Beaver born on Exmoor for first time in 400 years


The first Eurasian Beaver to be born on Exmoor in four centuries has been seen at the National Trust's Holnicote Estate in Somerset.

The young kit was captured on a trail camera just 18 months after NT undertook its first licensed release of beavers in its 125-year history.

Footage from a static camera captured the six-week old kit swimming with its mother, back to the family lodge, while she stopped to nibble a branch.

This beaver kit, pictured with its mother at Holnicote Estate NT, is the first to be born on Exmoor in 400 years (National Trust).

Jack Siviter, one of the rangers on the Holnicote estate said: "We first had an inkling that our pair of beavers had mated successfully when the male started being a lot more active building and dragging wood and vegetation around the site in late spring. The female also changed her usual habits, and stayed out of sight, leaving the male to work alone. It was then several weeks until we spotted her again, and this is when our suspicions were confirmed that she had given birth, due to having very visible teats.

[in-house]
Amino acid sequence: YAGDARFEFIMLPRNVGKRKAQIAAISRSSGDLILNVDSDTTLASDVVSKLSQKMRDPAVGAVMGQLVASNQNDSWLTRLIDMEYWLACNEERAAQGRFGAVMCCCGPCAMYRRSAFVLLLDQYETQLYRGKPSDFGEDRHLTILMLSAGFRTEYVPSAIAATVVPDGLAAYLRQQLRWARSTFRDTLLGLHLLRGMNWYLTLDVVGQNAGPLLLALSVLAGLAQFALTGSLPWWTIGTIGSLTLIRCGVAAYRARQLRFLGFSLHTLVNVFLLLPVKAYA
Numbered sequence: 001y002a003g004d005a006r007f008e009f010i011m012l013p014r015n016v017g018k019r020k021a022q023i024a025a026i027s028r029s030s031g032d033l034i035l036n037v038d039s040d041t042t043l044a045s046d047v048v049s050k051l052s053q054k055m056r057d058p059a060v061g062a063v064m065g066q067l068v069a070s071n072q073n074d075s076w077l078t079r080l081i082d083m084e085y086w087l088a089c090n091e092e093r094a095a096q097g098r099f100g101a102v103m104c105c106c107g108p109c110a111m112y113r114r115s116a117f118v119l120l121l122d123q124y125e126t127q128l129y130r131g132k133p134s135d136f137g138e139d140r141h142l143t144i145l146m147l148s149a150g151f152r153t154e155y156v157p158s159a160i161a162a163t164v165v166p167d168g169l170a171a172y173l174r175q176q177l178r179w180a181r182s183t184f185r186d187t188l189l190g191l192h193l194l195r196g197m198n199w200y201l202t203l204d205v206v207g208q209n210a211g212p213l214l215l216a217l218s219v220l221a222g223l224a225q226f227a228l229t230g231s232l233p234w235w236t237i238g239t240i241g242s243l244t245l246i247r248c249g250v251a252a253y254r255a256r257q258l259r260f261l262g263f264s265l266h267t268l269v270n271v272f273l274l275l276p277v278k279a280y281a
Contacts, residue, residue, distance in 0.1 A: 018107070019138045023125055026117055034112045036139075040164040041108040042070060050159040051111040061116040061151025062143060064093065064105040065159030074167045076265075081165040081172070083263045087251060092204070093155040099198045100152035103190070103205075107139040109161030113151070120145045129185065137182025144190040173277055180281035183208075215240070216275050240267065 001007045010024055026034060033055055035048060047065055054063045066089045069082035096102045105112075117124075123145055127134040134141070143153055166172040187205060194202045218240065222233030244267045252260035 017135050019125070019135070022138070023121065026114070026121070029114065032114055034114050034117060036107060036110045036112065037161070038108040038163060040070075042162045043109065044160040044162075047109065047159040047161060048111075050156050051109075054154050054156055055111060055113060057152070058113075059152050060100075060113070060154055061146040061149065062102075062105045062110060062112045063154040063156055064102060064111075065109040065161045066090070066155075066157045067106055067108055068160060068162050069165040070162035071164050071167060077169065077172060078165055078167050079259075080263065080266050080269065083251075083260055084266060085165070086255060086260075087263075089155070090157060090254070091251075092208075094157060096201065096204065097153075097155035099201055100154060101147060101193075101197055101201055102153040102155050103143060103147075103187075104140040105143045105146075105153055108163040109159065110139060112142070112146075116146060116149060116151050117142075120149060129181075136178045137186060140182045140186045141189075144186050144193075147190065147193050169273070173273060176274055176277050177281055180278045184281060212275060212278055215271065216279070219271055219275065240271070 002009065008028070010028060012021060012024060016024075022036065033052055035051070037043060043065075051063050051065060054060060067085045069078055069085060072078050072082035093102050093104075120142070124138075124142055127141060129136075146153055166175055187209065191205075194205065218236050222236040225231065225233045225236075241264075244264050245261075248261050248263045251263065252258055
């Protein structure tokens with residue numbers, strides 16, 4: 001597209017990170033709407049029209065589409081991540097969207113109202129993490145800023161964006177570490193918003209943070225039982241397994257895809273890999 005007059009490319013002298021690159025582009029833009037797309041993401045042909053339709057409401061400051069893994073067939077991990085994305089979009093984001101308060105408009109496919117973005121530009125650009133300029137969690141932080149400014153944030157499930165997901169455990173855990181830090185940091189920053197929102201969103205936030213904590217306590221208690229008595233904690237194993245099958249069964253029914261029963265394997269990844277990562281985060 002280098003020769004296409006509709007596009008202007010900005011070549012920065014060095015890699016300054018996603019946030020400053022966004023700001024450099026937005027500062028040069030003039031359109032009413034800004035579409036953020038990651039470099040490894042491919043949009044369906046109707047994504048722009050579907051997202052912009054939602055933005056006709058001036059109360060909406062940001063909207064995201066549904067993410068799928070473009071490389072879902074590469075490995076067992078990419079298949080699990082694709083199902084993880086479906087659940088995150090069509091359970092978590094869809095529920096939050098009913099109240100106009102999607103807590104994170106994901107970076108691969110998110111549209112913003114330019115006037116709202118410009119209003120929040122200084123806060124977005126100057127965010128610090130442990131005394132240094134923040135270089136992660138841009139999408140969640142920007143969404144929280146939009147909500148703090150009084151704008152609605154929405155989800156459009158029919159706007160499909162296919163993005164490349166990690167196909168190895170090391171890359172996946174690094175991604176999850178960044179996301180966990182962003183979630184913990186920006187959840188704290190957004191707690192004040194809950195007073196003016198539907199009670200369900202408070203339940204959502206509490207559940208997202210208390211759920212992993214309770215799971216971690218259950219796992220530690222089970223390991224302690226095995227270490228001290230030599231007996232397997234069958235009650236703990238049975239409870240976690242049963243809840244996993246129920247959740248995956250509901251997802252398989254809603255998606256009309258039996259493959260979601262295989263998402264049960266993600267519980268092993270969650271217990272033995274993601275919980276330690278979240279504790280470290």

"We are particularly pleased for our female, nicknamed Grylls due to her survival instincts, as she didn't have the easiest start to life being orphaned at an early age. As a first-time mum she seems to be thriving and it's great to see her with her new kit.  

"The family should now stay together for the next two years before the kit will naturally want to go off to create a new territory of its own."

Thousands of social media users have subsequently voted to name the youngster Rashford, after England football star Marcus Rashford.

Rashford – or, as some social media users preferred, 'Gnashford' – received half of all votes (49.9 per cent), ahead of Banksy, which came in second place (with 17.4 per cent), the latter chosen on the basis of where beavers make their home.

Beavers have already been being reintroduced at several sites around Britain, with plans for further releases over the coming few years. This is in addition to an established population in eastern Scotland.

By holding water back beavers can play a role in reducing the impact of floods and droughts both of which are expected to become more frequent with climate change.